Monday, April 17, 2017

Hirst Arts Molds: Some Thoughts

I've spent about a week casting and building with my new Egyptian themed Hirst Arts molds and have come to some conclusions about them for terrain making.  Overall I'm really pleased but have determined these are not always the perfect way to go.  No real negatives so I'll break my thoughts into positives and "considerations".

Bear in mind that my casting material of choice was dental stone - which casts up rock hard but is heavy.  I think the pyramid weighs close to 5 pounds.

So lets go with the positives:

(1) There is a wealth of choice of molds and the supporting materials on the website are top notch.  Anything you might like to cast is likely there and the how-to instructions are really very well done.

(2) The details come out very nicely - if you follow the instructions on mold prep and pouring.  The most important part is to pound your fist around the mold as the plaster is poured in, as this releases any air bubbles.  I did this for every cast and had very few miscasts (less than 5%).  If you want to have detailed carvings or forms in your scenery these molds are probably the best way to go about it.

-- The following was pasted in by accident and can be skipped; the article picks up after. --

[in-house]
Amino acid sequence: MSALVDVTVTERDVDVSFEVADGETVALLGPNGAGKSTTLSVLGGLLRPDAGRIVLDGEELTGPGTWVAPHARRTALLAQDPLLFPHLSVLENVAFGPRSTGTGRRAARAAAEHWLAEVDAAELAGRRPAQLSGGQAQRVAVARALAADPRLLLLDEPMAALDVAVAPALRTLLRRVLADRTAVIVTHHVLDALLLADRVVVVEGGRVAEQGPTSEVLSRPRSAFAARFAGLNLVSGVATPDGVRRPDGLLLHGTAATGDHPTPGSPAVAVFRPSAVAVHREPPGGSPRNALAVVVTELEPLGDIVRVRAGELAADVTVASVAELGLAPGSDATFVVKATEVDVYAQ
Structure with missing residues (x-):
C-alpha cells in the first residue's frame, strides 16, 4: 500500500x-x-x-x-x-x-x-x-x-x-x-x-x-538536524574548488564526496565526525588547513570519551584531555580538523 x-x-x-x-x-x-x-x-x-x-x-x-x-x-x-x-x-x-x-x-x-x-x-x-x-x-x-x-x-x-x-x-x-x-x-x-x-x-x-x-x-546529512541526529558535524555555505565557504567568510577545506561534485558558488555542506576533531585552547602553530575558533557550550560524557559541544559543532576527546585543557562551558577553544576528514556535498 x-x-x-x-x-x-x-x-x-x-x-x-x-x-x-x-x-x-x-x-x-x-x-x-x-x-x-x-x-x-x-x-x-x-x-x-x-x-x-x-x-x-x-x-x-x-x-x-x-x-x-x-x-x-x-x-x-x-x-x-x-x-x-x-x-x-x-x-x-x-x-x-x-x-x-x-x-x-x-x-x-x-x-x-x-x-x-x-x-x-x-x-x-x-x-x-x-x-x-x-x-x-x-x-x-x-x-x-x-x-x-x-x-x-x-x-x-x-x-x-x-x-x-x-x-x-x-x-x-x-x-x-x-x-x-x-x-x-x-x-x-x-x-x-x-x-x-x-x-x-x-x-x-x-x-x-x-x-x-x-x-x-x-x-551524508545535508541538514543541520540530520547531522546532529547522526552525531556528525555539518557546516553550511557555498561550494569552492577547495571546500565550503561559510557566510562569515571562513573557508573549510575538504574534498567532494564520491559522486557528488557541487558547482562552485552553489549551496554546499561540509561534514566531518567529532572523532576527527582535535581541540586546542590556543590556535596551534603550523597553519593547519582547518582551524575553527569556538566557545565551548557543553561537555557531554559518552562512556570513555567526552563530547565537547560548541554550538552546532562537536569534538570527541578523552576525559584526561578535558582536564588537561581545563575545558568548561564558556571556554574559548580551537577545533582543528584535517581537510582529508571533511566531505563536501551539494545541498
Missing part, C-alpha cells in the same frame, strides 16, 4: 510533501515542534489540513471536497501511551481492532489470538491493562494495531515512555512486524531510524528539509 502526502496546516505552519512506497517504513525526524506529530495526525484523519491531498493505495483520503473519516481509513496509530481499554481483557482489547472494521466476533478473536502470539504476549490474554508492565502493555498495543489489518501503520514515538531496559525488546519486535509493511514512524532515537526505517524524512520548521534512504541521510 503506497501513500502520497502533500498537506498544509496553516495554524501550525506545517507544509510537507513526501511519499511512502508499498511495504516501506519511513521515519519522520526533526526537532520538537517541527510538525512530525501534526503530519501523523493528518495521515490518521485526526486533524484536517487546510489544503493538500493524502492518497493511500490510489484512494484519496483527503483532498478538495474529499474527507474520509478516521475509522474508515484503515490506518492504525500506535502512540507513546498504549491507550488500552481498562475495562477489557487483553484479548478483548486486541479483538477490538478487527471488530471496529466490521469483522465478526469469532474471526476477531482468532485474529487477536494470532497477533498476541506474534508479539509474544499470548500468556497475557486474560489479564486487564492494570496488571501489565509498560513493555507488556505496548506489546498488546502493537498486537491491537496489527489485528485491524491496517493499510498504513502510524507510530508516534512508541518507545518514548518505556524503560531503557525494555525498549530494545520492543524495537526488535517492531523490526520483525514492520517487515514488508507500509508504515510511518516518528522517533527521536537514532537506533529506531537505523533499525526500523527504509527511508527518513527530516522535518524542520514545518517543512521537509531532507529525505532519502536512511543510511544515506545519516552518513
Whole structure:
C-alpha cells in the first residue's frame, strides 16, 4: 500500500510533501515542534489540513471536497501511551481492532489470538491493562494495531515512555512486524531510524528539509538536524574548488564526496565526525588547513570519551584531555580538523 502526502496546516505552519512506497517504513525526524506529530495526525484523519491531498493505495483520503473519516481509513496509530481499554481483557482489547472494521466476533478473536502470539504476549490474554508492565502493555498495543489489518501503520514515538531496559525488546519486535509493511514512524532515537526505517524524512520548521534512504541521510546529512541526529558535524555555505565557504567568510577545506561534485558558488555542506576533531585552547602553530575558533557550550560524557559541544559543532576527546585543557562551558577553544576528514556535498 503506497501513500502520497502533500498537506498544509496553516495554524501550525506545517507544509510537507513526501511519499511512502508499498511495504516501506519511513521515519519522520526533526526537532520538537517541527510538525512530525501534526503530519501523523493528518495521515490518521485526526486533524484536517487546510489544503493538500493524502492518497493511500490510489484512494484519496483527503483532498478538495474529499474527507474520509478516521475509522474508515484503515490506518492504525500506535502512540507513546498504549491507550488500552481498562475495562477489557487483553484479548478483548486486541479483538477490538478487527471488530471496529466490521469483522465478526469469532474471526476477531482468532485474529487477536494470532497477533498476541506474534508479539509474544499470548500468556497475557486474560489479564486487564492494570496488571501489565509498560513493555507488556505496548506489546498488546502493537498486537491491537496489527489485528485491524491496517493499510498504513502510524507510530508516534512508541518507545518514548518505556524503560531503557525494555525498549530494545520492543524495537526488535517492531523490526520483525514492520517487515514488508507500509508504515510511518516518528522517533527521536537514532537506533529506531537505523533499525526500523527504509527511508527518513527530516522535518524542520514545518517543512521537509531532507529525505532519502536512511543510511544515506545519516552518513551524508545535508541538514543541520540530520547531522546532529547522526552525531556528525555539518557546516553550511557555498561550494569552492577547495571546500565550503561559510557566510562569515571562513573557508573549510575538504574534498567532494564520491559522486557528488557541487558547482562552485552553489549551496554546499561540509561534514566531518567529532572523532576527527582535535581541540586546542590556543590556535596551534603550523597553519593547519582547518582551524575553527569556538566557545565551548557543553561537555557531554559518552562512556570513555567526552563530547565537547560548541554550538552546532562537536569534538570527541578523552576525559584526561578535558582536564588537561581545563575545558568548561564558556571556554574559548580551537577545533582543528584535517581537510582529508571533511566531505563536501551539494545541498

(1) The molds are small and you'll need to make a lot of casts to finish a project.  The 9 level pyramid pictured above required 14 casts of the pyramid mold.  Each cast takes about 30 minutes start to finish so it will take a good bit of time to build up your "inventory".  Casting is messy so you need to prepare a work area and make sure to clean up as you go along.  I did dave all the over pours and used used them to make "gravel".

(2) You need to plan out what you want to build.  Most of my terrain projects start with a sheet of Extruded Polystyrene Foam (EPF or "pink/blue foam) and I kind of wing it.  The molds construing you to the shapes they form so require a bit more planning than just "winging it"

I really like the Hirst molds but will only use them for "center-piece" terrain constructions.  It just takes too much of the hobby time I have to use them for every project.  That said, they are well worth the investment and any serious terrain maker should have some in his/her tool kit.


Mad Mapper said...

Glad you tried Hirst Arts, I have had loads of fun with the ones I bought. Just recently I had bought some Egyptian ones but haven't had a chance to try them yet so I have been following your posts with interest.

For some additional Egyptian statues, etc., look at


Ivor Evans said...

Full agreement Miles. I've been really happy with the casting of the molds I've been doing, but didn't realize how small the molds actually were and the staggering number of casts required even to make the smallest or simplest of game pieces. I'm much like you and "wing" quite a bit while building a table, all this planning is feeling more like work than fun!

Terry Silverthorn said...

I have picked up quite a few of their molds in the past. Your correct about the time it takes to make the stuff. When I have done a mold, I've gone & cast every piece from each mold, so have a box of 'poly-bits'. You are certainly causing me to pause & think about pulling them out for another build!